Supreme Court reiterates: Lease/Tenancy matters not governed under special statutes but TP Act, 1882, are open to arbitration

The Supreme Court observed that a contract is void if prohibited by a statute under a penalty, even without express declaration that the contract is void

A petition was filed under Section 11(5) of the Arbitration and Conciliation Act, for resolving a dispute in case of a lease deed by appointing a Sole Arbitrator. The matter was being considered by the Hon’ble Chief Justice SA Bobde led three Judge-Bench. 

“The Petitioner had instituted the petition under Section 11(5) of the Arbitration and Conciliation Act, 1996 (‘Act,   1996’   for   short)   seeking   appointment   of   a   Sole Arbitrator   for   resolving   the   disputes   that   have   arisen between the parties in relation to the SubLease deed dated 14.11.2018”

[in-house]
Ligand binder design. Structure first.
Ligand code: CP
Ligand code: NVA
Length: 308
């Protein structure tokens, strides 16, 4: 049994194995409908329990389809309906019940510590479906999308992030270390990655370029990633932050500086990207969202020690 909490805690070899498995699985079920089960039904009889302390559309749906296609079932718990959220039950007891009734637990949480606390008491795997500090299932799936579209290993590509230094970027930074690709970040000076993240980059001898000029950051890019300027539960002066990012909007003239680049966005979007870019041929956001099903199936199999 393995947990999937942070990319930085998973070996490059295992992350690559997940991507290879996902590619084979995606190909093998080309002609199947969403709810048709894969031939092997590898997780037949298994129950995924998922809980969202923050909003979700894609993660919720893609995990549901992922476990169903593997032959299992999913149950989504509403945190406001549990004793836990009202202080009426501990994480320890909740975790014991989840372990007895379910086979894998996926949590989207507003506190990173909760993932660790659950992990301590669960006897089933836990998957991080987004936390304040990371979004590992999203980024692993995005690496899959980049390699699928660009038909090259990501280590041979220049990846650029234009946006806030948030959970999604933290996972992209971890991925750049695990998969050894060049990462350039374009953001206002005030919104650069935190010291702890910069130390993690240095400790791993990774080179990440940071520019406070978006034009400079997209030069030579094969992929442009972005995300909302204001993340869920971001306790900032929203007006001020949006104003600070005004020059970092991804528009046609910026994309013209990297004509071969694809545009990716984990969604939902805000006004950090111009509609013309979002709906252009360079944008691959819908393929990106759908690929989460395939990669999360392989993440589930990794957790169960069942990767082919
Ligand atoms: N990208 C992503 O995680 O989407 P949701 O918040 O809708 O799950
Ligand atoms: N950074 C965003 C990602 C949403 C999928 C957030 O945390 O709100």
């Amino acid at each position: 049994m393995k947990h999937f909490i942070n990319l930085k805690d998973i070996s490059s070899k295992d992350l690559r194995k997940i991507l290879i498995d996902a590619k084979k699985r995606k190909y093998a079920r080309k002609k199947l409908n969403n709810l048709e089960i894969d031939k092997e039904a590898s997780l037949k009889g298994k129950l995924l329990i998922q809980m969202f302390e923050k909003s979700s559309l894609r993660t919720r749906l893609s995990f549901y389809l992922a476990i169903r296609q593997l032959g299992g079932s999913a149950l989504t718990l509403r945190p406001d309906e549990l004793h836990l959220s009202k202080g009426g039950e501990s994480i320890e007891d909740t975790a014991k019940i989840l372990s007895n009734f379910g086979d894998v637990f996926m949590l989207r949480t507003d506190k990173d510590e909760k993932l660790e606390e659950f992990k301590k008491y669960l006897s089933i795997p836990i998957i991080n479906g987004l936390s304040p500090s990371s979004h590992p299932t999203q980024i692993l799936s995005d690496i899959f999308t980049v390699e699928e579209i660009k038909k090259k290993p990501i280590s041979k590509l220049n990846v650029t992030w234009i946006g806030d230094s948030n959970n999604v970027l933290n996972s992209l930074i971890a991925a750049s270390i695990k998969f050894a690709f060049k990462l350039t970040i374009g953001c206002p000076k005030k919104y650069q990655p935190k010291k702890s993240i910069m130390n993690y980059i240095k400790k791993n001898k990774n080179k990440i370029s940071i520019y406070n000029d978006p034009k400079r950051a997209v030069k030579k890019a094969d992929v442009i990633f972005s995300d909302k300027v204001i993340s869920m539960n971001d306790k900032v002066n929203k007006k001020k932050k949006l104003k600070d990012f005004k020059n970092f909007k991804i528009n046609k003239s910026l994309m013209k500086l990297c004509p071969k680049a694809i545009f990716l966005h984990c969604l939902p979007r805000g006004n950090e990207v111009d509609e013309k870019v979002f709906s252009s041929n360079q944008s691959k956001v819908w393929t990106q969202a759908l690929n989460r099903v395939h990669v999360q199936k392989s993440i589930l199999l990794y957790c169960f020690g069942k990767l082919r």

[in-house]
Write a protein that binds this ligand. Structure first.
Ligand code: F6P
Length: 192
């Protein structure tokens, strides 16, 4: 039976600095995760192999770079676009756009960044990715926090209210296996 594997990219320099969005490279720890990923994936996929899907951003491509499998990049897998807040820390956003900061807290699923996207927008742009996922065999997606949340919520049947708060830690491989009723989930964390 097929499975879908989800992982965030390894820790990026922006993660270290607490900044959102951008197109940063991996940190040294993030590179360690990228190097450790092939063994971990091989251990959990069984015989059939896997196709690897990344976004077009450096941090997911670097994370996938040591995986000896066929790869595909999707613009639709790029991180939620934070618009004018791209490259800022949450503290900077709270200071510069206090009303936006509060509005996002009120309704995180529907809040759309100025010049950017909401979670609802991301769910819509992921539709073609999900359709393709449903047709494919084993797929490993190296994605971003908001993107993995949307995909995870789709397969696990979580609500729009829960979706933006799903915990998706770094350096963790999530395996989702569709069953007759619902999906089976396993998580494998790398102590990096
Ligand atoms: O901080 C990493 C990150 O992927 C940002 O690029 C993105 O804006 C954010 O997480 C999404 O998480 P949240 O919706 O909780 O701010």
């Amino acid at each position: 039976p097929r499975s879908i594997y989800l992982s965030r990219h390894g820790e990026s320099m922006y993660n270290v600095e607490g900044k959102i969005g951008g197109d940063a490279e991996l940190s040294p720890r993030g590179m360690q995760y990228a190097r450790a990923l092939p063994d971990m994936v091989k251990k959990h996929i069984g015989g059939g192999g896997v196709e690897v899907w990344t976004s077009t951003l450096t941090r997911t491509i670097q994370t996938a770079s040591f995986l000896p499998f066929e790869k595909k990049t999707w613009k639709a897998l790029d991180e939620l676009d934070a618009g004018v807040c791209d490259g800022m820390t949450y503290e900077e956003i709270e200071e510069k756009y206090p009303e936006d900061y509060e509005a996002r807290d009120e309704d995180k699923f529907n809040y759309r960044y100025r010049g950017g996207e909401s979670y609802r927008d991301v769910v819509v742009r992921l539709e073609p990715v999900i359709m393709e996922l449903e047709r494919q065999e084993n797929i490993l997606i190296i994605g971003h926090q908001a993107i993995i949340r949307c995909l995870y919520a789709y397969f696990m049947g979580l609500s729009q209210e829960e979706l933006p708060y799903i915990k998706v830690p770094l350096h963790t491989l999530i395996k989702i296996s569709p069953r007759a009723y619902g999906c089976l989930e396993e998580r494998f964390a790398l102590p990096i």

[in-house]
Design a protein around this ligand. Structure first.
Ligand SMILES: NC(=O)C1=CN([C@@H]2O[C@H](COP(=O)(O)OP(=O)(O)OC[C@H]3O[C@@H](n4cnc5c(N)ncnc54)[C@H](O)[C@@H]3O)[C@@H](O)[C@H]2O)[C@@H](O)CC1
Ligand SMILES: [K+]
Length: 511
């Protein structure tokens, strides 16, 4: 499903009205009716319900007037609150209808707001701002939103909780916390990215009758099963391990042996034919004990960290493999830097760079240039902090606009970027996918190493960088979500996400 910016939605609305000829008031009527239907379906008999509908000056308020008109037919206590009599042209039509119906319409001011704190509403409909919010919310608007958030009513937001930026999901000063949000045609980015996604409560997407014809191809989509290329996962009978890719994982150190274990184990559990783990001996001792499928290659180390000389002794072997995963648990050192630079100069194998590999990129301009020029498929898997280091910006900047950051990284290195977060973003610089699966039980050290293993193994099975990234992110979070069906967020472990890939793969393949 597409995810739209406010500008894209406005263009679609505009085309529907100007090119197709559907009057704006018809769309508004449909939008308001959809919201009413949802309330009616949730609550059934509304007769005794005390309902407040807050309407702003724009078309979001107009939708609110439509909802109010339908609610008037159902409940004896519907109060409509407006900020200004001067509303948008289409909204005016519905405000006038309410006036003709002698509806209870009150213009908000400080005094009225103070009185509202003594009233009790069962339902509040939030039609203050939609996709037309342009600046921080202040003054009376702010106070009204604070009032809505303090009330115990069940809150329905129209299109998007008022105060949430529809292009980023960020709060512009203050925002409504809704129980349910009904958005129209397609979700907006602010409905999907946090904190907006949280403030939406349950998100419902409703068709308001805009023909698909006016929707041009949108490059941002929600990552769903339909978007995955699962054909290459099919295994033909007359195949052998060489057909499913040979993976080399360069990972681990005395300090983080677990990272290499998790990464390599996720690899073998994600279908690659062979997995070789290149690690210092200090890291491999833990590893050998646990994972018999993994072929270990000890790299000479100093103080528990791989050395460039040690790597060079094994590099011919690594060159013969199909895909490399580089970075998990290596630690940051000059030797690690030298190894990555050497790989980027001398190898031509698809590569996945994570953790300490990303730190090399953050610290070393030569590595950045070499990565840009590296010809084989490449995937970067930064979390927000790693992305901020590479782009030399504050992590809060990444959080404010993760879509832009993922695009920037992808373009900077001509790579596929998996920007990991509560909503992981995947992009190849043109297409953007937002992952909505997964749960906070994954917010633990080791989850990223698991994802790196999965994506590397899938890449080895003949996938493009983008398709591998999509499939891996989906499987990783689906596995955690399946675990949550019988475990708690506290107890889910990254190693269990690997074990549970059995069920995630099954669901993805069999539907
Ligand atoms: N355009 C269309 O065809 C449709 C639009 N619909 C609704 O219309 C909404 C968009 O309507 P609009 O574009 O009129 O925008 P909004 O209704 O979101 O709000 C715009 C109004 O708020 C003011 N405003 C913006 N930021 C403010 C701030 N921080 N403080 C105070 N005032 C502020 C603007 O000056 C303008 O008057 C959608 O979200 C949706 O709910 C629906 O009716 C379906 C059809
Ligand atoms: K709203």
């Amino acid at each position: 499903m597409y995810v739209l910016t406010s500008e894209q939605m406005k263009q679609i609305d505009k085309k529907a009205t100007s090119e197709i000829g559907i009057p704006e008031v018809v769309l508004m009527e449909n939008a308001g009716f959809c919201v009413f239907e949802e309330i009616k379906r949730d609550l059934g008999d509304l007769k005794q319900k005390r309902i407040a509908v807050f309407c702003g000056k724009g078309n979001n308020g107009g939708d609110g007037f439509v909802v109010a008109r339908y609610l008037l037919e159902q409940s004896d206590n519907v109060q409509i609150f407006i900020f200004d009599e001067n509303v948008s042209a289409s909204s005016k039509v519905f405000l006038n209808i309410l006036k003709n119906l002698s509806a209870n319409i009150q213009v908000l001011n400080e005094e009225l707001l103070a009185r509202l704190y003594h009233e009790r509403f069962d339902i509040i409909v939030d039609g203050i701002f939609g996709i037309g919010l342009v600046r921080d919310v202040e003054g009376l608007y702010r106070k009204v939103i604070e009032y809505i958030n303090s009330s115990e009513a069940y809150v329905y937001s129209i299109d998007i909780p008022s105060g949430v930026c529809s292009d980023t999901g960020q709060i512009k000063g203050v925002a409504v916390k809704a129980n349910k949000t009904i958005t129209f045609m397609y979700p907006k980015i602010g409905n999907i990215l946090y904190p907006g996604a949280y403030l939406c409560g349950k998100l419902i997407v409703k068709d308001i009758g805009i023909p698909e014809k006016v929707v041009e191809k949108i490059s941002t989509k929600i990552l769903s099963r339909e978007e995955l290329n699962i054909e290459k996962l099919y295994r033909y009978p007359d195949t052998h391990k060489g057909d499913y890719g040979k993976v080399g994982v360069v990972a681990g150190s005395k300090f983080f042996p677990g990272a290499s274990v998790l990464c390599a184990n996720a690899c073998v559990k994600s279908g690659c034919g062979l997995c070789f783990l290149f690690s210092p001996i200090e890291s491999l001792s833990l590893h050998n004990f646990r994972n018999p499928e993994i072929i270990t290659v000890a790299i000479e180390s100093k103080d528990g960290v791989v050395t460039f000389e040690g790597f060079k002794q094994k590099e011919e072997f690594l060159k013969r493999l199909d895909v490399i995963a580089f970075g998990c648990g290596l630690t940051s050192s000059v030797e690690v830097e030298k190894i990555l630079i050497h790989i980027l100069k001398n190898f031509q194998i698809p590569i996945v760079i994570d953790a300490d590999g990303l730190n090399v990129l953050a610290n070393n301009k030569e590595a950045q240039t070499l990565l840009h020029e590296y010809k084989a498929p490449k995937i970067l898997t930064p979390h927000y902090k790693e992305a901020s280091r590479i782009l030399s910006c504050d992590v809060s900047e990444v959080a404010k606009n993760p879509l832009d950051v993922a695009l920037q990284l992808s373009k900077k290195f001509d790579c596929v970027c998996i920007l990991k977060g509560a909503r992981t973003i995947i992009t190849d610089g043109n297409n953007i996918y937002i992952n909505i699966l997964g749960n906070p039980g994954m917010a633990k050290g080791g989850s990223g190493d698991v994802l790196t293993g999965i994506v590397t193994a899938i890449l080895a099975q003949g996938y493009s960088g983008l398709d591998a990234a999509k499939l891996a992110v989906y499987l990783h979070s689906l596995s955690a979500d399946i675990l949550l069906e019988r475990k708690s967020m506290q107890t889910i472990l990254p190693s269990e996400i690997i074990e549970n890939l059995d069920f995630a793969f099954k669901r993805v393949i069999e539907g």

The Court further added that prior to consideration of appointment of Arbitrator, the first part of Clause 12 providing for Arbitratiom needs to be elaborated to consider the arbitrability of the dispute relating to Lease or Tenancy, Agreements/Deeds when such lease is Governed by Transfer of Property Act, 1882 and iron out creases on the legal aspect. 

In the instant case, the petitioner invoked the Arbitration Clause and proposed the name of Justice (Retired) Mukul Mudgal as the Sole Arbitrator. The respondent did not reply to the said notice nr objected to the Arbitrator proposed by the petitioner. 

The Court then added that since the dispute between the parties is to be resolved through Arbitration, the Prayer made in this petition is liable to be accepted. 


“In the result, the petition is allowed. Shri Justice (Retired) Mukul Mudgal, former Chief Justice of Punjab and Haryana High Court is appointed as the Sole Arbitrator to resolve the dispute between the parties. The arbitral fee shall be payable as provided under the Fourth Schedule to the Act, 1996. There shall be no order as to costs in this petition.”